It was not common in the past, let alone these days, to find artistes from western Uganda singing in their native languages. Most of them sing in Luganda while a few in English, but Charity Kyobutungi, commonly known as Sister Charity has defied this and is now among the artistes whose songs are easily identifiable even by children.
Born to Enos Buriita and Elivaster Kobuzare in Rweibare, Kyangyenyi in Sheema District, this singer did not at one time dream of being a popular artist, as her childhood dream was to become a doctor.
“I had already been admitted to Masheruka Girls School to do sciences, but my parents could not afford the school fees,” reveals Kyobutungi. “I had been studying at Rwibaare Primary and Secondary schools respectively which were near our home. Our mother taught us pottery and that’s how we used to earn a living. We would vend these pots in all sizes and people would either give us money or beans in exchange for the pots. In the process, we would find ourselves with sacks of beans which we would take to school as fees payment,” she reminisces.
After such a difficult and hard way of earning fees for her primary and O-Level studies, Kyobutungi joined Train the Youth (TYE) group, a music band led by a one Rasta Charz. She thought she was joining the group just to while away her Senior Four vacation. It was in this group that Sister Charity began realising that music was her true calling.
“I had always been singing in school and actually in my primary school, my teachers nicknamed me ‘Mothers’ Union leader’ and I was made the lead vocalist in the drama group but I did not see myself as a singer until this level,” the diploma holder in Accounts from Mbarara Business Institute explains.
“Rasta Charz did a great job in bringing out the singer in me. In fact, he wrote and helped me record my first song, Grade. We recorded the song at Kassajja and Sons Studio, in Nakivubo in December 2002, now known as Namex Studio on Rubaga Road,” narrates the budding singer.
Sister Charity did not even think the song would be such a success. She was overwhelmed by the massive airplay the song received on local radios and at the reception she often received whenever she performed the song to a live audience. It was such a humbling experience whenever the audience would scream and throw money at her while performing. This is what changed her self-perception and she started viewing herself as a potential music diva.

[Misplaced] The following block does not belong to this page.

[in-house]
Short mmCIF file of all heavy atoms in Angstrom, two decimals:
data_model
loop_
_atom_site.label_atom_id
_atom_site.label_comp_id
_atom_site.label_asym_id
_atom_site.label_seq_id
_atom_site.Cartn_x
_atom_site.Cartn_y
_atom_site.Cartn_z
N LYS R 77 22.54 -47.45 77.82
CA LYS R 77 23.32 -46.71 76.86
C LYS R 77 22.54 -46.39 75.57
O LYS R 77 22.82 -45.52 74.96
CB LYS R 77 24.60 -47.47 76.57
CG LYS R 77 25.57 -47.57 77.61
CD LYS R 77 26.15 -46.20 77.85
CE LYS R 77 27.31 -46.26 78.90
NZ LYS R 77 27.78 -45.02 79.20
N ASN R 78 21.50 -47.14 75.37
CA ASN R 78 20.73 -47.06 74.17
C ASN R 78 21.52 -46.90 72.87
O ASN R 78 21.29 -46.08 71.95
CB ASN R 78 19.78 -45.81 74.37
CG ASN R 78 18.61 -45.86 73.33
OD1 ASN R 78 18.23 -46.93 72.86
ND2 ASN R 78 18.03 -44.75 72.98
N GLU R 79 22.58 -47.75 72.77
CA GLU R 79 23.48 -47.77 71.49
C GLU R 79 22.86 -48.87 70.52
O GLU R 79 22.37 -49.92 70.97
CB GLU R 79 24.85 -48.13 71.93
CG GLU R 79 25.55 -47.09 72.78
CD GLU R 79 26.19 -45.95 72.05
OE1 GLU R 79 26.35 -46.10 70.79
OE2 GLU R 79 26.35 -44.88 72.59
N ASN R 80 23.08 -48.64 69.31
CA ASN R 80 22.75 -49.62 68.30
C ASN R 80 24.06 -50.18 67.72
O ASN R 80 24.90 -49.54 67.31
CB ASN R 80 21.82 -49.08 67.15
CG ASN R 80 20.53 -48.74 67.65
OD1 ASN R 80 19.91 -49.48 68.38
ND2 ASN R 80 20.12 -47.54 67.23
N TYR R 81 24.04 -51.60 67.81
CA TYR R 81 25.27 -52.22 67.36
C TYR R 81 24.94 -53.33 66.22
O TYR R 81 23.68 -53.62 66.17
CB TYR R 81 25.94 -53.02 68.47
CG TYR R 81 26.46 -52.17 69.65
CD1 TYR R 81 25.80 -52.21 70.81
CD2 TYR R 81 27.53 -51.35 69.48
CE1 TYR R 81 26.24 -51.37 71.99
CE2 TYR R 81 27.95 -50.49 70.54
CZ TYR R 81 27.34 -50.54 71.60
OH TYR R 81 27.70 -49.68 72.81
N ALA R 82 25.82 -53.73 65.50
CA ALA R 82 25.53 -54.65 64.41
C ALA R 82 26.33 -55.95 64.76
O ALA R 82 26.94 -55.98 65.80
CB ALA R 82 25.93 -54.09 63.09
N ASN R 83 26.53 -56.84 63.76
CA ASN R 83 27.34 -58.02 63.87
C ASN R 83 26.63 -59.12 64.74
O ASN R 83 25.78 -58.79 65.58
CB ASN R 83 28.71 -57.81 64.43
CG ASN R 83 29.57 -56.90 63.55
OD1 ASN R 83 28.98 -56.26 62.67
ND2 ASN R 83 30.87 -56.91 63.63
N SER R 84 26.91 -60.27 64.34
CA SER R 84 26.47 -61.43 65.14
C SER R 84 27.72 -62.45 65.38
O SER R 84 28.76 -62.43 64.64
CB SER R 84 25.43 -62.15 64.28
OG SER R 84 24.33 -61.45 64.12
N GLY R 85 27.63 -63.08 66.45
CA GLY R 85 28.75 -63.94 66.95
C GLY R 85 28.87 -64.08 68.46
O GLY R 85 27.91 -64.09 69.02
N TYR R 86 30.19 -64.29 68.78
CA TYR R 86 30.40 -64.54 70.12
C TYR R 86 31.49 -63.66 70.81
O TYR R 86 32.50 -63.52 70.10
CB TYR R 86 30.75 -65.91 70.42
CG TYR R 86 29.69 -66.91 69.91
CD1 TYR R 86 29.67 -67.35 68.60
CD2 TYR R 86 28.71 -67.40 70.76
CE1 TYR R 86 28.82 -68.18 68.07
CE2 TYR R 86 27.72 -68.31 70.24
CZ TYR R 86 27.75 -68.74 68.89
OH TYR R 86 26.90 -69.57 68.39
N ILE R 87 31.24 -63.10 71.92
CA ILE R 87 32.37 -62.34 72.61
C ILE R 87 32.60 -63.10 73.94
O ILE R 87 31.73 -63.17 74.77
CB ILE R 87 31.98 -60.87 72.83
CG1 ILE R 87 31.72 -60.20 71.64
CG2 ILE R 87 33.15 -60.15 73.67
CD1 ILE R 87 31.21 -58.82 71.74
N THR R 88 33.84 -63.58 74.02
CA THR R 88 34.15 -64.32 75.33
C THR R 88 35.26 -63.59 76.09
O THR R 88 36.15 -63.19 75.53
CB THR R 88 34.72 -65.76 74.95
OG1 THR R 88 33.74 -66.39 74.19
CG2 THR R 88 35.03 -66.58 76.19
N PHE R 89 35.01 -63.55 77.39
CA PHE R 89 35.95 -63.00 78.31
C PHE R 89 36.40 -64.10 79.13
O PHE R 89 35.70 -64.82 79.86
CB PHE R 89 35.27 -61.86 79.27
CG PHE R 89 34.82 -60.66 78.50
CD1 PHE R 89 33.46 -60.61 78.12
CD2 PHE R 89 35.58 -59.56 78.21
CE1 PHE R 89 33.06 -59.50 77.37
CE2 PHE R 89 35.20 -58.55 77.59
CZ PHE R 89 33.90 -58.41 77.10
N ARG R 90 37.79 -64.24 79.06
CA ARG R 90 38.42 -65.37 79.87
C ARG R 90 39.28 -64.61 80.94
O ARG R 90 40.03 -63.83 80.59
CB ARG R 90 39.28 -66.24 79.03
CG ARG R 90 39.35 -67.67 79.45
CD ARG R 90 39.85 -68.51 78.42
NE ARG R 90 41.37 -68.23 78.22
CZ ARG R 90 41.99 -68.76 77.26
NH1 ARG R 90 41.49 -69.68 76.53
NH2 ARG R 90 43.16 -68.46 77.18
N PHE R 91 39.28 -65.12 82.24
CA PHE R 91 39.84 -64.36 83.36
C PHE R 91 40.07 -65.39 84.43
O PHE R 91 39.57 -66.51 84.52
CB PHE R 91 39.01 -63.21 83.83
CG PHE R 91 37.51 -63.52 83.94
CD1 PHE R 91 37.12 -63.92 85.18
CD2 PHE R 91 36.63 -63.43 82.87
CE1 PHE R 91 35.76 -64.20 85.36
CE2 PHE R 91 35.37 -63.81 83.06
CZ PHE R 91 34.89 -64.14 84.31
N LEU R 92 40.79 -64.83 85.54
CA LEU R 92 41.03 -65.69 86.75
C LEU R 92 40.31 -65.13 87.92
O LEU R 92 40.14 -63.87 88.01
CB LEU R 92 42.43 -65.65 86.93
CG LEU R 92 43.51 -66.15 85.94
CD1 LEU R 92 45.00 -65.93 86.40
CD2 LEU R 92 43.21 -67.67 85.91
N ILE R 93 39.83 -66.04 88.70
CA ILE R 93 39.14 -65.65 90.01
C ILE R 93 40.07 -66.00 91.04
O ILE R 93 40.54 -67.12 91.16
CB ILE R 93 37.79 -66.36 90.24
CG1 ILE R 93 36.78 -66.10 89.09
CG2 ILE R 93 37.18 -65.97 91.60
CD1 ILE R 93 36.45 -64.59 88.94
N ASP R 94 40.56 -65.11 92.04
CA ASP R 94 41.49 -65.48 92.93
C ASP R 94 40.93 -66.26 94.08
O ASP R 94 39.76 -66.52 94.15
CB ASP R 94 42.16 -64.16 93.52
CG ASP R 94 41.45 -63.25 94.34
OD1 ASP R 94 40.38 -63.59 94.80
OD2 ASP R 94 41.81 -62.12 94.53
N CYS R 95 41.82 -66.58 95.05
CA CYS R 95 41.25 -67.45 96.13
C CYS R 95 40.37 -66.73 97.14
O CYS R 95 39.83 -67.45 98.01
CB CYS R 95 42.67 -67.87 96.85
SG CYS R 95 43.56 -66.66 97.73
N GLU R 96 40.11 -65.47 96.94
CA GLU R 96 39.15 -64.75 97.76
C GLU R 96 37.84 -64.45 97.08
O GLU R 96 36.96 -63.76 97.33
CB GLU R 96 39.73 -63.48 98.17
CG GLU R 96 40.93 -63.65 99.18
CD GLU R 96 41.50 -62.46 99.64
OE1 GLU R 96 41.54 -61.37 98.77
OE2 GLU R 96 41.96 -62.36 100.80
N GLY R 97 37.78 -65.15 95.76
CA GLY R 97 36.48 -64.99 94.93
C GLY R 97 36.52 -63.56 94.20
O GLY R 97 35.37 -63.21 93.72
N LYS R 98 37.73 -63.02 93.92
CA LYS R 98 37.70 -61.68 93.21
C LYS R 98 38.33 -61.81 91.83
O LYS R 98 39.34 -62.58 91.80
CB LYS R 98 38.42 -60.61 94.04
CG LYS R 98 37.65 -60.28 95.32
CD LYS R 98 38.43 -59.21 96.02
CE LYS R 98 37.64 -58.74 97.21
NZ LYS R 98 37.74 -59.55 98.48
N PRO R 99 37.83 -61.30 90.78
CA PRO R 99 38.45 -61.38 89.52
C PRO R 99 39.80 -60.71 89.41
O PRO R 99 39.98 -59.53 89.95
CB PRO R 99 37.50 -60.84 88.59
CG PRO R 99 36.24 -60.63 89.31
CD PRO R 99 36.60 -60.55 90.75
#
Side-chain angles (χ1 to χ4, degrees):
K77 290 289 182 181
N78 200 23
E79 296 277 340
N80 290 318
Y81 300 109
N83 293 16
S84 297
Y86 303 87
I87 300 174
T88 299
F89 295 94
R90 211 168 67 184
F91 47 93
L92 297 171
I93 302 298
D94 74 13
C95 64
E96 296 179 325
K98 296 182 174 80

Kyobutungi says her most memorable moment was when she performed at the Radio West Annual Music Festival in 2003 at Lugogo. This festival gave her her first ever biggest live audience. After waiting with much anticipation, the audience ululated when she got onto stage. What thrilled her most was the fact that even Prossy Kankunda, a more popular artiste than her at the time, lovingly cheered her and complimented her on her smooth voice.
“This inspired me to continue singing especially in Runyankore, since most artistes we had from western Uganda usually sang in other languages like Luganda and English. I wanted to prove even music in Kinyankore can sell,” boosts the singer.
Sister Charity has five albums so far, with 30 songs all in Runyankore except Guntawanya and Zambuura which have a mixture of English. She records songs at different studios and sponsors most of her recordings. Her friend, Alex, who owns Ark Menz video and City Rock audio studios in Nansana sponsored her Zanbuura song.
“Music has changed my life and taken me to a level I did not expect to reach given my family background. I am earning a living out of it, building a house in my village and have even bought myself a car,” she reveals.
Sister Charity further intimates that she can now ably take care of her two children. She also got a job with T.V West where she presents the morning programme, Sisimuka. The singer is grateful for the fame the industry has brought her. “I have rubbed shoulders with several “big” people in the country. I have met people like Kahinda Otafiire, Ephraim Kamuntu and Richard Kaijuka. Sometimes they invite me to entertain their guests at their homes,” she says.
Much as everything turned out to be in her favour, the singer says there are challenges in her career. She expresses lack of support and recognition from people in the western region.
“Someone goes for musicians from Kampala to entertain them at their parties here leaving us who are nearer and even cheaper. Even when they invite us, they pay us peanuts! Supporting us would help take our music far and also promote our culture and language,’’ says Kyobutungi.